A 7th century Byzantium cargo vessel probably coming from Constantinople struck reef near the island of Yassi Ada. The wreck was found in 1957 by a sponge diver Kemal Aras. It was excavated between 1961-64.
The name George was inscribed on a steel yard or scale uncovered during excavation. Since the scale is an item of merchant's equipment, George may also have been the ship's owner and a merchant-venturer as well as captain.The rest of the crew is anonymous.
The seventy coins enable us today to pinpoint the date of the voyage at 625 or 626. Two were minted earlier than the reign of the Emperor Heraclius (610 - 641). The latest coin in the group was minted in the sixteenth year of the emperor's reign, that is, in 625/626. We may safely assume that the ship last sailed in the same year or quite soon thereafter.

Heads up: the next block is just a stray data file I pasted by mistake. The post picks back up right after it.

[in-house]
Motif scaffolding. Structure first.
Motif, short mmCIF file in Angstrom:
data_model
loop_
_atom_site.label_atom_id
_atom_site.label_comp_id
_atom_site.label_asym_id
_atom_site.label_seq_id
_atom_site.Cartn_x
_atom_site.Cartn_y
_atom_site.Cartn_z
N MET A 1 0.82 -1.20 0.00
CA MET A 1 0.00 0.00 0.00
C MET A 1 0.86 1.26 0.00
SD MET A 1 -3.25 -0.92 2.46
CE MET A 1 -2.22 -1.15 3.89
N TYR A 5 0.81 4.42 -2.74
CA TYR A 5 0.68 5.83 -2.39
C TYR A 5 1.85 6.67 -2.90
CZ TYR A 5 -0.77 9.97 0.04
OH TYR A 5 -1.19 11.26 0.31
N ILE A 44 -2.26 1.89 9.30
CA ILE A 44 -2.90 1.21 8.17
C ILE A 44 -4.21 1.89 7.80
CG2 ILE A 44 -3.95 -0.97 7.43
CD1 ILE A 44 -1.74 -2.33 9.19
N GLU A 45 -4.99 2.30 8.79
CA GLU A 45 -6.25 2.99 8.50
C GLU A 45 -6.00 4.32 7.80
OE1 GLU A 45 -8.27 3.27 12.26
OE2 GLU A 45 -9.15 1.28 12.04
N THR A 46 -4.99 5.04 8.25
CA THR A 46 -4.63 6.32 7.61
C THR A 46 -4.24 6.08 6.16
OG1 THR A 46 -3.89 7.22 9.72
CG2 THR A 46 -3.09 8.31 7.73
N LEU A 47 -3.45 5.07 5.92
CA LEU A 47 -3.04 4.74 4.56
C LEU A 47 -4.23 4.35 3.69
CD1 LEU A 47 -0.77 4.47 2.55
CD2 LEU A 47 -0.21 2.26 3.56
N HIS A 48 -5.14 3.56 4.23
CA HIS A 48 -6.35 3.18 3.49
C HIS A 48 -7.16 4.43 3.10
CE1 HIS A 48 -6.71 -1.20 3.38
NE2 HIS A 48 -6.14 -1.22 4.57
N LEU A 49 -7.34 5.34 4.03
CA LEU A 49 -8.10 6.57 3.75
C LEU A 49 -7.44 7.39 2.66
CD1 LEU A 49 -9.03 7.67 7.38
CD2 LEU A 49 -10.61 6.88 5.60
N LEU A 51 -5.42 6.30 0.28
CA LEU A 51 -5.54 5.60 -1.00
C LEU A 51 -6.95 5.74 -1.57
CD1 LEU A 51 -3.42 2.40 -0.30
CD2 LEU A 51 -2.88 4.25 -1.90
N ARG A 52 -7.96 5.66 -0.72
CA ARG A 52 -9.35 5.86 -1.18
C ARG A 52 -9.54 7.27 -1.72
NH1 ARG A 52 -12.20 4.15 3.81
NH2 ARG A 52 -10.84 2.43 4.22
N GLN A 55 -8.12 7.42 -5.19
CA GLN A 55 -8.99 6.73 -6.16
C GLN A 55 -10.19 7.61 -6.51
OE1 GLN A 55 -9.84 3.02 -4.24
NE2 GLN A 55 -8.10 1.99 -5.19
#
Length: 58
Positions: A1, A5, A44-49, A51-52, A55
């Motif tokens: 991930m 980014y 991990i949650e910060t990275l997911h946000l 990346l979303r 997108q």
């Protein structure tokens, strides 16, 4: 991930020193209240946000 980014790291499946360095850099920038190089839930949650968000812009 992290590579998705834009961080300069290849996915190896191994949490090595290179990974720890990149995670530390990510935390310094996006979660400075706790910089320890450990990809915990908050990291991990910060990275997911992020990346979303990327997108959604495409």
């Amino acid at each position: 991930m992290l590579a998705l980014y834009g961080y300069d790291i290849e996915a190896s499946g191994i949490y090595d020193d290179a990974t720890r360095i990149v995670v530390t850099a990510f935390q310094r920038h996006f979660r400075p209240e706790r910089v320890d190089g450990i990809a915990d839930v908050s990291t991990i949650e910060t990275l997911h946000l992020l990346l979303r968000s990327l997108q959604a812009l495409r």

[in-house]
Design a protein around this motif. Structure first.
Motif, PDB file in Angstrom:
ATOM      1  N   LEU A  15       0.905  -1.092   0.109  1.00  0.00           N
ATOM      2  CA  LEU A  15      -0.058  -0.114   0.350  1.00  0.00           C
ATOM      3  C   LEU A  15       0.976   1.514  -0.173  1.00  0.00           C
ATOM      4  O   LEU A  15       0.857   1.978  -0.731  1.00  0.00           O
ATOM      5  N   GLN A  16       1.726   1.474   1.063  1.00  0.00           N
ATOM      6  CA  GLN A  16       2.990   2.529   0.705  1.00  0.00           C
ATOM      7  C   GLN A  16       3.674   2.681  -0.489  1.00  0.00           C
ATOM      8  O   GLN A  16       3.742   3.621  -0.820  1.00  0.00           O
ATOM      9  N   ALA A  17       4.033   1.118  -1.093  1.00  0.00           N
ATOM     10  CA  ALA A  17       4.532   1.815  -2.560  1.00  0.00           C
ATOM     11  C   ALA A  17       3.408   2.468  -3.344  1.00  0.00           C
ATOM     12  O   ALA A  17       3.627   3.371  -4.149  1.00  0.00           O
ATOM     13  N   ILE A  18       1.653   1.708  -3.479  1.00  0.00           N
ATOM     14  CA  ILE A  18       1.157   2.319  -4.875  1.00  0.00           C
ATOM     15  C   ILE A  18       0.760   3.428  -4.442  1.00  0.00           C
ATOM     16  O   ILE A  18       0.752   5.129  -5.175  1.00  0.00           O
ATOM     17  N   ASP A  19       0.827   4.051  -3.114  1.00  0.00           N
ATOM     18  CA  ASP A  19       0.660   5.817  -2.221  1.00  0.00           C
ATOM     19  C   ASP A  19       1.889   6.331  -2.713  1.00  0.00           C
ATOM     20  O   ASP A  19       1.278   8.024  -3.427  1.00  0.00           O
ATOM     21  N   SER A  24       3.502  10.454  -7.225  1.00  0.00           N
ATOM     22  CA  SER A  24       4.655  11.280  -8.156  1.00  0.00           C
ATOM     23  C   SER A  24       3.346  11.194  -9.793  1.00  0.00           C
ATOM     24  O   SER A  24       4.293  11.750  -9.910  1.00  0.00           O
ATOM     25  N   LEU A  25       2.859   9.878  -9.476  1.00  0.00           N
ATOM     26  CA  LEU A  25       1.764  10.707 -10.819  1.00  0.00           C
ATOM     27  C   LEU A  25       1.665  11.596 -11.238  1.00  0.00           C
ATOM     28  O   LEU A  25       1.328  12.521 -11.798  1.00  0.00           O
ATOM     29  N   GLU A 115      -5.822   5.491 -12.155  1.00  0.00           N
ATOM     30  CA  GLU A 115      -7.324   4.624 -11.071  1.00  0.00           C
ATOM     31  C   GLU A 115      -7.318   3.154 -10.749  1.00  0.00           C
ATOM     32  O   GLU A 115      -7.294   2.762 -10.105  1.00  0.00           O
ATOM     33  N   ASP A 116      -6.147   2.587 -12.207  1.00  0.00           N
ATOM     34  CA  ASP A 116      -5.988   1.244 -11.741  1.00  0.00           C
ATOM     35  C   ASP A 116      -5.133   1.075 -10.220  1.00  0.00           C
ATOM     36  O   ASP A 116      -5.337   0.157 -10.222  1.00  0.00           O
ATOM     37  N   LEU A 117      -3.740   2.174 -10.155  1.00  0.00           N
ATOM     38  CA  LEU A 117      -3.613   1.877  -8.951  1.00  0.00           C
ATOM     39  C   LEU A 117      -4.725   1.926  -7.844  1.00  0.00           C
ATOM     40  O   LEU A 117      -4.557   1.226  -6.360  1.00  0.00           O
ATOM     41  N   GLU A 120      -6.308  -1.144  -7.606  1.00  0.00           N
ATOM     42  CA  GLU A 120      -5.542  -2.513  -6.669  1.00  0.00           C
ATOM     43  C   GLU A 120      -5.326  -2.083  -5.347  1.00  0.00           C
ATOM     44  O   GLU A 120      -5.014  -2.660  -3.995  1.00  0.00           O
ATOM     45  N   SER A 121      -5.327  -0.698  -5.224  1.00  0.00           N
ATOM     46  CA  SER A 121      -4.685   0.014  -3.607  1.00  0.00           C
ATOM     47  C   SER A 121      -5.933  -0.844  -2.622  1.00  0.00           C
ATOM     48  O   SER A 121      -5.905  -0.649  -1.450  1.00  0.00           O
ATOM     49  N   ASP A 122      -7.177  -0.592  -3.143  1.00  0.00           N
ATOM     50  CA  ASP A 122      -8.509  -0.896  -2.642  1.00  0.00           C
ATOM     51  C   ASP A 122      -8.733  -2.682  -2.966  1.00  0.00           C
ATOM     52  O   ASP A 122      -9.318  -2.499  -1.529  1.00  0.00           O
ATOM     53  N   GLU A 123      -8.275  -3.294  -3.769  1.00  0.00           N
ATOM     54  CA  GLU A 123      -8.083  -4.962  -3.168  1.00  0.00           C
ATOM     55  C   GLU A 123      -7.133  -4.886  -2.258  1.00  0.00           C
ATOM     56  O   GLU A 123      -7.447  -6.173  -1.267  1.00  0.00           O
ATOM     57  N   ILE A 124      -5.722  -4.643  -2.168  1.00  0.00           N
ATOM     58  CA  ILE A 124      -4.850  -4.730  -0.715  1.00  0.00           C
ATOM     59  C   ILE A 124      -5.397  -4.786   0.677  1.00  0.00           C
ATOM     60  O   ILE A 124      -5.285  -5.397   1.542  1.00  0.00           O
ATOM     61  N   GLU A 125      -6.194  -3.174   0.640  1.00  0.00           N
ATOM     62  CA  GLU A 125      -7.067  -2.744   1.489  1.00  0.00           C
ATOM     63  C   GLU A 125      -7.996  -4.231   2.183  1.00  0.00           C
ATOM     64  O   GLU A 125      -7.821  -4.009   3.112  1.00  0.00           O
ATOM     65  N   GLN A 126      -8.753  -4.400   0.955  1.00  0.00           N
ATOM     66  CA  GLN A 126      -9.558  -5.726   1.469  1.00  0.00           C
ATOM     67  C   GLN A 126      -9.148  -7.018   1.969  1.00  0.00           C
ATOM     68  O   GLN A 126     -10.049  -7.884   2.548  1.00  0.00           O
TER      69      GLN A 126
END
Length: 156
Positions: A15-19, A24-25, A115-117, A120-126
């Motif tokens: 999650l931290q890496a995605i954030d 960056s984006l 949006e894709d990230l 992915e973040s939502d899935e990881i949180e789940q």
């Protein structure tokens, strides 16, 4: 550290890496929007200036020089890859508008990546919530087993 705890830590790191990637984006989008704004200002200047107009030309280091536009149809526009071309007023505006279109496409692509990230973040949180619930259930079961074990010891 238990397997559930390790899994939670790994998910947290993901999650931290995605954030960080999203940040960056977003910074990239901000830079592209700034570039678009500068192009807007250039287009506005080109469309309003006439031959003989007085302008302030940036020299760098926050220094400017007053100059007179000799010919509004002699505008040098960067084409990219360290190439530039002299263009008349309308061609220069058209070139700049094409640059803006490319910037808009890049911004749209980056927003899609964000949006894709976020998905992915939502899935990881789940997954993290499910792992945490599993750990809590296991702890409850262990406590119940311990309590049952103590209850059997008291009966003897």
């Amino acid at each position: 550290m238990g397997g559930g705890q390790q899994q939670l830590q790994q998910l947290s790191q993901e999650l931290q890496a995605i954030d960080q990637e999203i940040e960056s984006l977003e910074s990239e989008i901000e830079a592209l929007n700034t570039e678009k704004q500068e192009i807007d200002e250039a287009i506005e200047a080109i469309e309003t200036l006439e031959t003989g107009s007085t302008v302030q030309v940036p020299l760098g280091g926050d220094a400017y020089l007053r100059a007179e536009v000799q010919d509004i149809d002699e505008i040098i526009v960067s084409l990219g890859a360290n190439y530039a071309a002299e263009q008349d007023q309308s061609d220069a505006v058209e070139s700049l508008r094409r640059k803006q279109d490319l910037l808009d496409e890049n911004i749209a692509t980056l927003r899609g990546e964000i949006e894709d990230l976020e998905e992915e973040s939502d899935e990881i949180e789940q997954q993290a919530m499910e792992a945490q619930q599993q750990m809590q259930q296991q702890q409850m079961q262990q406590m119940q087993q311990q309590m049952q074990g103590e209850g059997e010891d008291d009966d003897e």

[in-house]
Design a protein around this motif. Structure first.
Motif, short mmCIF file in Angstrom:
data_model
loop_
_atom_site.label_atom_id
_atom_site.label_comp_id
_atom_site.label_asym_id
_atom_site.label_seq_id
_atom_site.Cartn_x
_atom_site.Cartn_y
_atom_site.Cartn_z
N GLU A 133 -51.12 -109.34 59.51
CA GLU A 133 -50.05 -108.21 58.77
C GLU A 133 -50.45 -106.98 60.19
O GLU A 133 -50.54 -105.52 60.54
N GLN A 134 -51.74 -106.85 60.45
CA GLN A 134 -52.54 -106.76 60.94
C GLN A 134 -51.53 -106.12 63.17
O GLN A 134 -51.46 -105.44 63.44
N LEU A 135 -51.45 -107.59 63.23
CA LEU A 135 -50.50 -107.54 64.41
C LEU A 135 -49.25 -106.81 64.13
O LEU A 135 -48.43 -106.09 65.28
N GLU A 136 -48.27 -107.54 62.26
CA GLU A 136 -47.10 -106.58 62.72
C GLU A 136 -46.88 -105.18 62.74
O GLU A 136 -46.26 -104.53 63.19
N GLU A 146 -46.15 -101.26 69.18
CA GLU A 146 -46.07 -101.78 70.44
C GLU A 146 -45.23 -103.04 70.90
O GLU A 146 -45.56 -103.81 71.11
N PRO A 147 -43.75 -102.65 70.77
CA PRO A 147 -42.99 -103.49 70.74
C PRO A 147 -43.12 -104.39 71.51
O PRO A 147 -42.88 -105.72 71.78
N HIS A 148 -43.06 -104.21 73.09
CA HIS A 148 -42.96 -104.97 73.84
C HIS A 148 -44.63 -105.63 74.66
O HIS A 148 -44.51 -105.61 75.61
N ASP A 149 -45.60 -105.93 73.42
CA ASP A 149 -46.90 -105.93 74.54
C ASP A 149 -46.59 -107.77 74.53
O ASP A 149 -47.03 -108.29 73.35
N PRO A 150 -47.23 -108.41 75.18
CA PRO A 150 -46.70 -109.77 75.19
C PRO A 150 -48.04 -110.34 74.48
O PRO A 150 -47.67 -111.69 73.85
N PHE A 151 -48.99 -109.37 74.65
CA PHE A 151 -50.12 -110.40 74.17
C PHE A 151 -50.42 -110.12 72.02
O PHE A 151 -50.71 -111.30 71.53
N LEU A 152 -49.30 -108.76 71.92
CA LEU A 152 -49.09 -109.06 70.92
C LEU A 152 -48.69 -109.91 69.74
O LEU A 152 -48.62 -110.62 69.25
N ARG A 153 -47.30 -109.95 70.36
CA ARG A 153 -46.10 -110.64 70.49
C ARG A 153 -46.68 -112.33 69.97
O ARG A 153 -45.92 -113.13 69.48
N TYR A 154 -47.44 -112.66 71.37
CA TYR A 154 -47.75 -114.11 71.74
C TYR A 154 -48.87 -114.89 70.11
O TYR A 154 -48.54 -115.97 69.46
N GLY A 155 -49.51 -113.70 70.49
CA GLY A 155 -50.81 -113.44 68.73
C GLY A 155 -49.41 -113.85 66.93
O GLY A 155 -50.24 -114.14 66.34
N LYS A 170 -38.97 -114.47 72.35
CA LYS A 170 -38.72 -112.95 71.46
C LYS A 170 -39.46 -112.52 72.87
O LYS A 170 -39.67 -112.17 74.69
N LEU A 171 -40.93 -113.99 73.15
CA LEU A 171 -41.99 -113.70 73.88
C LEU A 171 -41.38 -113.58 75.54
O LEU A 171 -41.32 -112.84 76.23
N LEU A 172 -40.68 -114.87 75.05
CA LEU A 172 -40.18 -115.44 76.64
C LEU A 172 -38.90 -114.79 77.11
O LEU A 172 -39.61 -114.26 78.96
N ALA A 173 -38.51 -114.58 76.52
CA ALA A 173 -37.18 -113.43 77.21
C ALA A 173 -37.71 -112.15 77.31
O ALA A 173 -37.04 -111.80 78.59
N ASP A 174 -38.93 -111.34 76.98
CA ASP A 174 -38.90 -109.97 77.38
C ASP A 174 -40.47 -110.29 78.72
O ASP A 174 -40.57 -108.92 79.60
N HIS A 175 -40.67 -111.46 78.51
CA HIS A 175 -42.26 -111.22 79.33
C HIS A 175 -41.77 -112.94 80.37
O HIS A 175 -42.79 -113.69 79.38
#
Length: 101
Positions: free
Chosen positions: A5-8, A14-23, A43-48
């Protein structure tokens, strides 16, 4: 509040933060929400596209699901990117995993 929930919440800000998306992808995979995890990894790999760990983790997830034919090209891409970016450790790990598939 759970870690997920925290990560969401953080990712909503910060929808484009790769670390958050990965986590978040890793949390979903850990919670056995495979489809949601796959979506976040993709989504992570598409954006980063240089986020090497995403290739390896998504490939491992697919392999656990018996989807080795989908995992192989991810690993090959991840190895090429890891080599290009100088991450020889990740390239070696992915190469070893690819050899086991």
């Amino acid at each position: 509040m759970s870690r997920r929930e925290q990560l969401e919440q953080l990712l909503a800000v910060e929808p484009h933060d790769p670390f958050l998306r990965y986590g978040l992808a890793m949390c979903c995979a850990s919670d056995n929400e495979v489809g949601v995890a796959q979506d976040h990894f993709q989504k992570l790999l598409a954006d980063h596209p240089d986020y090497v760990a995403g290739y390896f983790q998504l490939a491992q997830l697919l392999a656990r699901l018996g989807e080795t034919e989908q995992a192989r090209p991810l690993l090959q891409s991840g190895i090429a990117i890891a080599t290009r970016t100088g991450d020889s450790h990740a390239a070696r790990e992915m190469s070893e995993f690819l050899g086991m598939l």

Byzantium merchant ship ca. 21 m (69 ft) long.
10% of the construction preserved.
Hull first technique. This was the Mediterranean way of shipbuilding from the ancient times onward.
Cargo: Amphora's (40 l) ca. 900.
References in writing
- Van Doorninck, Frederick. "The Ship of Georgios, Priest and Sea Captain: Yassýada, Turkey," in "Beneath the Seven Seas," edited by George F. Bass, pp. 92-99. New York and London, 2005.
- Rhodian sea law (Byzantian source)